Digital Public Library of America recommends CC0
On the OpenGLAM blog we have previously written about the Digital Public Library of America (DPLA), an initiative that has the goal to make the cultural and scientific heritage of humanity available, free of charge, to all. To achieve this goal the board of directors has recommended applying the CC0 public domain waiver to the metadata.
The vision of the DPLA is to provide one click access to many different resource types, with the initial focus on producing a resource that gives full text access to books in public domain, e.g. from Hathi Trust, the Internet Archive, and U.S and international research libraries. In order to create a true complete collection of available content and data, it is important that the DPLA makes its data interoperable with other datasets from initiatives and institutions all over the world. To make this work, the various datasets have to be compliant, both legally and technically.
Last week, the board of directors of the DPLA had a meeting and the metadata licensing policy was discussed.
The proposed policy is as follows:
- The DPLA asserts that metadata are not copyrightable, and that applying a license to
them is not necessary.
- To the extent that the law determines a copyright interest exists, a CC0 license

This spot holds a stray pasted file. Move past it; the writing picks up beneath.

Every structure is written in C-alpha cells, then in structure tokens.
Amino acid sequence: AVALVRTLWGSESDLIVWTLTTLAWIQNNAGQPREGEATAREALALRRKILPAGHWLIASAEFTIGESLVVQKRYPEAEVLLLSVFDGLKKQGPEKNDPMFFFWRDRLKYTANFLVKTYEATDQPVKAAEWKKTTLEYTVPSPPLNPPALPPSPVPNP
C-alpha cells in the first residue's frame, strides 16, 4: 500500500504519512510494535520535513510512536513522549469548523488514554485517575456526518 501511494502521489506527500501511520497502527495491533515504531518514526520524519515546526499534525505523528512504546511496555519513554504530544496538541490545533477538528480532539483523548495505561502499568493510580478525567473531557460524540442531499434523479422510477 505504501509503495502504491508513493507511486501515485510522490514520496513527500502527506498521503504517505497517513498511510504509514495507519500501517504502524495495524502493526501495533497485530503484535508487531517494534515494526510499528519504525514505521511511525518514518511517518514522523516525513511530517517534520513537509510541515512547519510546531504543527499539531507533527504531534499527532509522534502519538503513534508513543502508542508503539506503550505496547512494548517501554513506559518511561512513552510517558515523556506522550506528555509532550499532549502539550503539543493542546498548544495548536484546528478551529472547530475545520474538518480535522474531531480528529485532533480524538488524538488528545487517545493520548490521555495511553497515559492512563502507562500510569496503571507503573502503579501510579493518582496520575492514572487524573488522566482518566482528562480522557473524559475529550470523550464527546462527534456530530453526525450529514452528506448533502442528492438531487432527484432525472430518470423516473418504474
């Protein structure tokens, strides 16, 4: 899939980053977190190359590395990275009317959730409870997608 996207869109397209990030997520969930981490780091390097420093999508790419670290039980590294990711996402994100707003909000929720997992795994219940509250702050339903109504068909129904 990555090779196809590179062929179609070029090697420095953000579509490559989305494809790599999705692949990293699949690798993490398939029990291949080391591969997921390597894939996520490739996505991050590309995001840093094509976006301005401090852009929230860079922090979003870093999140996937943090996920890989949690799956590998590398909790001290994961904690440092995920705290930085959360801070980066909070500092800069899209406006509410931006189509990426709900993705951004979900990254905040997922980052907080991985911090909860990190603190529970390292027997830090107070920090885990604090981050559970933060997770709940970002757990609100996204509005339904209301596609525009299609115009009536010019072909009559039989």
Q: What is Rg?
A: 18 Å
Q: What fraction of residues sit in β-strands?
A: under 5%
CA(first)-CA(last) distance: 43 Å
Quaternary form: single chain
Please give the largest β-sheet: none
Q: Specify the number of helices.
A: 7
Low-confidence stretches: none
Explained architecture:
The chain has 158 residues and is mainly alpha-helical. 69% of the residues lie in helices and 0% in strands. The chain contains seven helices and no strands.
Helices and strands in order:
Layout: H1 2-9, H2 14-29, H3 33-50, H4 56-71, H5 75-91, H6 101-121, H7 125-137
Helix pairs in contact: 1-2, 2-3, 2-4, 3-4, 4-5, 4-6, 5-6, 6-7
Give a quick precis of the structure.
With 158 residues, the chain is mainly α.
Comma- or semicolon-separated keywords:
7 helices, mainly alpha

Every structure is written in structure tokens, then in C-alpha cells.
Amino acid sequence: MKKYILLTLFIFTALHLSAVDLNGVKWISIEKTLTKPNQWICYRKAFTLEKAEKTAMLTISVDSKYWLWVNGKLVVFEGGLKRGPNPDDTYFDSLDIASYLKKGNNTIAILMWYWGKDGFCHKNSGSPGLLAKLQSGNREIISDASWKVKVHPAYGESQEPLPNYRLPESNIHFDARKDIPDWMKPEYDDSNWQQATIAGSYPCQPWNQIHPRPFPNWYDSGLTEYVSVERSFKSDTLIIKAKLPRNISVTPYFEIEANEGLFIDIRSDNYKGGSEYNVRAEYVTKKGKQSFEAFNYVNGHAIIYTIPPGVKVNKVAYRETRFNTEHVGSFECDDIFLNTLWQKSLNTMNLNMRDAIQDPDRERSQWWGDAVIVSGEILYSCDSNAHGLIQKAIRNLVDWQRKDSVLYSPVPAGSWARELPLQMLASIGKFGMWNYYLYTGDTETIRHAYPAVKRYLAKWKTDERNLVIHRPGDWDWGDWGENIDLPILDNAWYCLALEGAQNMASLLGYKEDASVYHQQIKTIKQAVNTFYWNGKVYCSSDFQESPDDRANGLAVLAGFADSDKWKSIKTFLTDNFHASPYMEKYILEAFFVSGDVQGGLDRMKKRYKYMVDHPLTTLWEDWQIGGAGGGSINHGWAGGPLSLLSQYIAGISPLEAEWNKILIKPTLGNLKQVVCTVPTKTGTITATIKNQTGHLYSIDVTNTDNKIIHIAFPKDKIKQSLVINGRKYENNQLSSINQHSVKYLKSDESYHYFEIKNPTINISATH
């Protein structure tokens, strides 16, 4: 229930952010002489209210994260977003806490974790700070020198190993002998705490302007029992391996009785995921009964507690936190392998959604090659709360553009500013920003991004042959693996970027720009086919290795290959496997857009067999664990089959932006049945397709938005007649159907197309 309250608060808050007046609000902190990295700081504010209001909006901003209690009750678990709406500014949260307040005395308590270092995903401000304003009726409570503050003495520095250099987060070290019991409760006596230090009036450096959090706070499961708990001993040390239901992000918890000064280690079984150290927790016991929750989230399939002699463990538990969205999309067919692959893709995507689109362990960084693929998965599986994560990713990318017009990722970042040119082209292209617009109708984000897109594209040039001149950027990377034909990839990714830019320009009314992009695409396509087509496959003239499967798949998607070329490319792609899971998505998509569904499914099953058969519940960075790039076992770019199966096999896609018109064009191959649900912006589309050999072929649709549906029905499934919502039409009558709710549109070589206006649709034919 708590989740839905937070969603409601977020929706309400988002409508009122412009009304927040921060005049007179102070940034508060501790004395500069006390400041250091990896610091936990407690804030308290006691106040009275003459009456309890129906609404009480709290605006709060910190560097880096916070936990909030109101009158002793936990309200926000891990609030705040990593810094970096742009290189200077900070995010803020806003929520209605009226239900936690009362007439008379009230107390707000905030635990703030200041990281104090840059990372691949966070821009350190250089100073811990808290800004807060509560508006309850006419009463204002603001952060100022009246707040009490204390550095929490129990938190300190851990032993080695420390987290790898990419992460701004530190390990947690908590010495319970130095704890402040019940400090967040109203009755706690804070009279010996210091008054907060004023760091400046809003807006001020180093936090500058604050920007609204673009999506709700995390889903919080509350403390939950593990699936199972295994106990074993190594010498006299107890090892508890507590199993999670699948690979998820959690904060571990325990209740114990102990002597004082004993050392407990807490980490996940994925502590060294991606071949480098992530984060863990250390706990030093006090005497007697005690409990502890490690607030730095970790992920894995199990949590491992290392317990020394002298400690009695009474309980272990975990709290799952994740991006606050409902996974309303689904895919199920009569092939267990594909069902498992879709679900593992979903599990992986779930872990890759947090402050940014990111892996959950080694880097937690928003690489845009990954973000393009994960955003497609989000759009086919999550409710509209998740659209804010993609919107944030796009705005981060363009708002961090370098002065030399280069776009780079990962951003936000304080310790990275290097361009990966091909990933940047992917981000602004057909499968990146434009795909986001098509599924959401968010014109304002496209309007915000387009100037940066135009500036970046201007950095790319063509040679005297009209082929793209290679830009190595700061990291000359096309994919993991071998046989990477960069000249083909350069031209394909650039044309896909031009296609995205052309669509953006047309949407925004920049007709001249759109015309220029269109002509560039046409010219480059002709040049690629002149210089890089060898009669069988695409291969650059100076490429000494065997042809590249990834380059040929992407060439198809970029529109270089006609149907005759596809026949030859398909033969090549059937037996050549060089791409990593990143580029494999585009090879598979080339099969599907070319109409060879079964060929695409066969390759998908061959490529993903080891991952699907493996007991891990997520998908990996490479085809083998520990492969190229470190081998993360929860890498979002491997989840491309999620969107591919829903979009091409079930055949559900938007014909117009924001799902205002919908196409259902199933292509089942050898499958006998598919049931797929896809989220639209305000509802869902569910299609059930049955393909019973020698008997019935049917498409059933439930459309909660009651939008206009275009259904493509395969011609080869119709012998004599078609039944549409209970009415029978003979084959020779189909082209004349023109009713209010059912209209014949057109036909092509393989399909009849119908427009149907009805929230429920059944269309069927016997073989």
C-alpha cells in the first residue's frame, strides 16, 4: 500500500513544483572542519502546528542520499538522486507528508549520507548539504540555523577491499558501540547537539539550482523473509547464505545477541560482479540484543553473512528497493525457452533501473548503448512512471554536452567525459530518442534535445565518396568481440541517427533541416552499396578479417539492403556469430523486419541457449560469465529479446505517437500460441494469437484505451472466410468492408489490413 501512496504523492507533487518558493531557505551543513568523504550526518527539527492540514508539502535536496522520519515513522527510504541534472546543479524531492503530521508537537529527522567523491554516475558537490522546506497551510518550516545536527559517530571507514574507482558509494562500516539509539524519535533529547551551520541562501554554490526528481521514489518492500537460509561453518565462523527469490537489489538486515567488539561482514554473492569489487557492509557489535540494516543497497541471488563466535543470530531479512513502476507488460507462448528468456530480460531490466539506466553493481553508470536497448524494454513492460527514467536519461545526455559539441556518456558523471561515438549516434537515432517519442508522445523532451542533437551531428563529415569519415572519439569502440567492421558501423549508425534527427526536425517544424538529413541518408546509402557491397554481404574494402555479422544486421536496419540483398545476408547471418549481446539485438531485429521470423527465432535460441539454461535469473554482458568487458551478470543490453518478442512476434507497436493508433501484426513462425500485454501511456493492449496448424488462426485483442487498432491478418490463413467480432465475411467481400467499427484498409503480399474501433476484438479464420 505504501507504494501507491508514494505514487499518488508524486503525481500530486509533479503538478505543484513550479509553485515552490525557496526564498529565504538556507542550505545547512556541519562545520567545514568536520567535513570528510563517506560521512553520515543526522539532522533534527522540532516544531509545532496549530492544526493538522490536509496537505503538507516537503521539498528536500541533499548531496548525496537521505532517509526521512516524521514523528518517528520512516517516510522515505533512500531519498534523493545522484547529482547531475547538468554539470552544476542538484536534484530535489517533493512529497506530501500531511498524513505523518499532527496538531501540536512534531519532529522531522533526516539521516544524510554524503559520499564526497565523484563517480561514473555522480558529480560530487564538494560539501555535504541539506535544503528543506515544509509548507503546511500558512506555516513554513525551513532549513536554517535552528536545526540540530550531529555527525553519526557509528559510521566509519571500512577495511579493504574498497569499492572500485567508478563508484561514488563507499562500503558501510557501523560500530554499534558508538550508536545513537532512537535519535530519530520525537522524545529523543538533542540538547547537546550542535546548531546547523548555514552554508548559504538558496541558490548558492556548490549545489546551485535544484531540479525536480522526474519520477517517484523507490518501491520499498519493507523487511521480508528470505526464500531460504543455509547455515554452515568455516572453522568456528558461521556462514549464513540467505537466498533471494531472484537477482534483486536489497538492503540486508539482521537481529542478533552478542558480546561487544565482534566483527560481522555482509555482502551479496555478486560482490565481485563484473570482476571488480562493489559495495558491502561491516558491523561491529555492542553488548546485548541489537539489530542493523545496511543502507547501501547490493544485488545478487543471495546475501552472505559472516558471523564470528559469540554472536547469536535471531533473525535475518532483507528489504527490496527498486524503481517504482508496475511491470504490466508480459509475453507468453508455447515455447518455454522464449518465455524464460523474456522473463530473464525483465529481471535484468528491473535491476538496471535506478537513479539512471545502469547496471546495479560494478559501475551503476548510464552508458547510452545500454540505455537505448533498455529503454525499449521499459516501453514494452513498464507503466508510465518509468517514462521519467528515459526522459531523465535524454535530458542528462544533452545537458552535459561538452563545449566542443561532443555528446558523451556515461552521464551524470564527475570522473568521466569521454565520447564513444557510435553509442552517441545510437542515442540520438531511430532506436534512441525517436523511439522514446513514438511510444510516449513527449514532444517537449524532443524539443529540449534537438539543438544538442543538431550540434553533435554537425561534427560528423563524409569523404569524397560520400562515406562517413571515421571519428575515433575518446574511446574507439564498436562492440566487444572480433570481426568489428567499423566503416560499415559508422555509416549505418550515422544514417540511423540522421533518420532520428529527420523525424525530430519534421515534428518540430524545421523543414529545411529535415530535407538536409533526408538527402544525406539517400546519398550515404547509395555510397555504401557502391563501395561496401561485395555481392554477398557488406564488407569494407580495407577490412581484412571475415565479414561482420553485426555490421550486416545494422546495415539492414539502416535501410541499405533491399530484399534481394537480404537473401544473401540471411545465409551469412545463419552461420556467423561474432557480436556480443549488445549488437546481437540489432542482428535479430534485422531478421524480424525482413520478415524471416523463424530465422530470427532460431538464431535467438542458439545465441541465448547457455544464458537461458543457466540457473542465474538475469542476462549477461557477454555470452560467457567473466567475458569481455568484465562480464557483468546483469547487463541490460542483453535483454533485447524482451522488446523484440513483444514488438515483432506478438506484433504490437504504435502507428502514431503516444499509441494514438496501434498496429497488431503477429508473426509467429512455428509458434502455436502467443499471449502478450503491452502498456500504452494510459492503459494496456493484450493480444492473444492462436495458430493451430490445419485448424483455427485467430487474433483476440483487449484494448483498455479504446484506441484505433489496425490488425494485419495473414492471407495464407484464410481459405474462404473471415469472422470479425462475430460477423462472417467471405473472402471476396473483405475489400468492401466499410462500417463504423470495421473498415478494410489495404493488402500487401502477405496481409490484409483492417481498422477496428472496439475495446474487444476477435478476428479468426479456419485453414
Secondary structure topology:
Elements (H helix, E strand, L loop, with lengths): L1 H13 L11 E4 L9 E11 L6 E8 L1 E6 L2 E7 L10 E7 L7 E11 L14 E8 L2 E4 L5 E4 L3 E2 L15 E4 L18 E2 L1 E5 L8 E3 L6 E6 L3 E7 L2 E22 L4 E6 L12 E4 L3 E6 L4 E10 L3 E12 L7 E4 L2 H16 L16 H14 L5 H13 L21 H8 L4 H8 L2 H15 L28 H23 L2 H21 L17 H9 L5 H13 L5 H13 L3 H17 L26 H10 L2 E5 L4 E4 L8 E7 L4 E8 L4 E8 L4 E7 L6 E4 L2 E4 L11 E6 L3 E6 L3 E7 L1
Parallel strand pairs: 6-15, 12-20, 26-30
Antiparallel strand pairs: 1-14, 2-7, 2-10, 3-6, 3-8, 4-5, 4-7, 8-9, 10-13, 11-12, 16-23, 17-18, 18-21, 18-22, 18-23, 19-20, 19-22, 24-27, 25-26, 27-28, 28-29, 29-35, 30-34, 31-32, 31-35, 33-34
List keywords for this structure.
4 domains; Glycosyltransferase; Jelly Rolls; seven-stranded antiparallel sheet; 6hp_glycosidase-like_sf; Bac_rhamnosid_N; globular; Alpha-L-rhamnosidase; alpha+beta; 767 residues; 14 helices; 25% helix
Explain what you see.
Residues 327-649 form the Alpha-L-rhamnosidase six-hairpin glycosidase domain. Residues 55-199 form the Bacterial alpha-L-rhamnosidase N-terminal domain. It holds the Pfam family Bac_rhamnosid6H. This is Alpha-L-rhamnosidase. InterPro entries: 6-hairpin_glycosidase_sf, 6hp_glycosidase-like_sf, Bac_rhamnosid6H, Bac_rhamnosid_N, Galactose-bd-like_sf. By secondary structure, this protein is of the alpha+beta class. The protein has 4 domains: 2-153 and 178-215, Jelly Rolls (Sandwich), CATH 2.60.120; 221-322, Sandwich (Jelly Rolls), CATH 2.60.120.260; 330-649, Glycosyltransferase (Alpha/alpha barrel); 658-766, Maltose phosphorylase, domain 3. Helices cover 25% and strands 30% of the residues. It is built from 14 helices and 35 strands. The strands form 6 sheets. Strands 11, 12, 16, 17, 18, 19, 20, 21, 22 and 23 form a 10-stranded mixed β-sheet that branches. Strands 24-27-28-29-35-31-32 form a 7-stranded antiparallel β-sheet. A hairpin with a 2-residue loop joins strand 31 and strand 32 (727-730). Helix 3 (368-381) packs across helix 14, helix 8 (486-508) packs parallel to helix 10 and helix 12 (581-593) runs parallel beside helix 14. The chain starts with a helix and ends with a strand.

- The DPLA asserts no new rights over metadata at the DPLA level.
This is also reflected in the about page of the DPLA
Metadata is a key part of the DPLA discovery framework; it describes content and resources in the DPLA, enables users to find them, and connects US holdings to holdings in other countries. The DPLA will aggregate existing library data and create new data; it will operate as part of a global linked data environment. All DPLA-created metadata will be made freely available in reusable form, except where doing so would violate personal privacy. All metadata contributed to or funded by the DPLA will be placed in the public domain.
The decision to apply the CC0 Public Domain waiver to the metadata will greatly improve interoperability with Europeana, Europe’s equivalent of the DPLA. Now that more different initiatives start publishing digitised heritage and its metadata, interoperability becomes more and more important in order to create a linked web of cultural heritage data, instead of new data silos. By both choosing the CC0 Public Domain waiver, Europeana and the DPLA take a great a step forward in achieving their goal.
A first example of what can result out of this collaboration is the virtual exhibition “Leaving Europe: a new life in America” where the story of European immigrants is being presented, using material from both the US and Europe.
The DPLA will launch on April 18 this year in Boston.